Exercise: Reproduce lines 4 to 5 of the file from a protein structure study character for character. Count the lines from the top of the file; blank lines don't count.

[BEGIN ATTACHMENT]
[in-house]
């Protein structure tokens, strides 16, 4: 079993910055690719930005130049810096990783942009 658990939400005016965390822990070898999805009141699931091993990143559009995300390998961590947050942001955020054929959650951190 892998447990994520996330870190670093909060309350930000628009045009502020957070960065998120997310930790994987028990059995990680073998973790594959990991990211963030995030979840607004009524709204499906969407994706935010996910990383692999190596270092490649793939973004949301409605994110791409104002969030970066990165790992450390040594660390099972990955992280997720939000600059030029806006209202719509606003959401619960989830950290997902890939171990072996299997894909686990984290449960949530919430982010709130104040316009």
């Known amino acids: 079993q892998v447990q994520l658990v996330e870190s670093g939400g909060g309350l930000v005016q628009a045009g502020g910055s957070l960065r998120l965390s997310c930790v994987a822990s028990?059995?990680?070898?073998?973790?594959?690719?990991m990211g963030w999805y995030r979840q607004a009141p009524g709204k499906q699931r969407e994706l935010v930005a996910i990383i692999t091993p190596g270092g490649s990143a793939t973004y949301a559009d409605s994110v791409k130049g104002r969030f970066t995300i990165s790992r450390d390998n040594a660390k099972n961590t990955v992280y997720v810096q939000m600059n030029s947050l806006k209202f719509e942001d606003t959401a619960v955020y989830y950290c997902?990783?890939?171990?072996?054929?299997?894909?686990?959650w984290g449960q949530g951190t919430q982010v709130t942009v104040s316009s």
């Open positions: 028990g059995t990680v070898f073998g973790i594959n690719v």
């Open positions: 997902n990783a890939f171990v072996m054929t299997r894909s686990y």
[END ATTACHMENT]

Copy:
């Open positions: 028990g059995t990680v070898f073998g973790i594959n690719v």
């Open positions: 997902n990783a890939f171990v072996m054929t299997r894909s686990y």